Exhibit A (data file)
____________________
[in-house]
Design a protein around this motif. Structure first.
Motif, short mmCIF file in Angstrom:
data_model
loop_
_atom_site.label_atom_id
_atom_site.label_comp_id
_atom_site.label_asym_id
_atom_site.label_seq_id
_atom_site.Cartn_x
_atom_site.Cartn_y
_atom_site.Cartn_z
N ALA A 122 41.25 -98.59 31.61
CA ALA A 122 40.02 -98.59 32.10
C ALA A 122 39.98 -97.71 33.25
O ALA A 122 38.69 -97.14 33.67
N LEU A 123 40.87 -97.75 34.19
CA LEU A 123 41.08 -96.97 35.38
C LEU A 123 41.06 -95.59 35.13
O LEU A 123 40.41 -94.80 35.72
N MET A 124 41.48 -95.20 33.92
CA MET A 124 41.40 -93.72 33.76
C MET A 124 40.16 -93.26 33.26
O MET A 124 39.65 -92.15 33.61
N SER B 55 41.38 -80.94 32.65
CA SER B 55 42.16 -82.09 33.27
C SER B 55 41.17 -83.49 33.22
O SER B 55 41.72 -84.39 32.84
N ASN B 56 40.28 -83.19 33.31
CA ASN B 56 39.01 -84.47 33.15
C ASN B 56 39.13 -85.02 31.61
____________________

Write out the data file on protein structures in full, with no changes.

[in-house]
Design a protein around this motif. Structure first.
Motif, short mmCIF file in Angstrom:
data_model
loop_
_atom_site.label_atom_id
_atom_site.label_comp_id
_atom_site.label_asym_id
_atom_site.label_seq_id
_atom_site.Cartn_x
_atom_site.Cartn_y
_atom_site.Cartn_z
N ALA A 122 41.25 -98.59 31.61
CA ALA A 122 40.02 -98.59 32.10
C ALA A 122 39.98 -97.71 33.25
O ALA A 122 38.69 -97.14 33.67
N LEU A 123 40.87 -97.75 34.19
CA LEU A 123 41.08 -96.97 35.38
C LEU A 123 41.06 -95.59 35.13
O LEU A 123 40.41 -94.80 35.72
N MET A 124 41.48 -95.20 33.92
CA MET A 124 41.40 -93.72 33.76
C MET A 124 40.16 -93.26 33.26
O MET A 124 39.65 -92.15 33.61
N SER B 55 41.38 -80.94 32.65
CA SER B 55 42.16 -82.09 33.27
C SER B 55 41.17 -83.49 33.22
O SER B 55 41.72 -84.39 32.84
N ASN B 56 40.28 -83.19 33.31
CA ASN B 56 39.01 -84.47 33.15
C ASN B 56 39.13 -85.02 31.61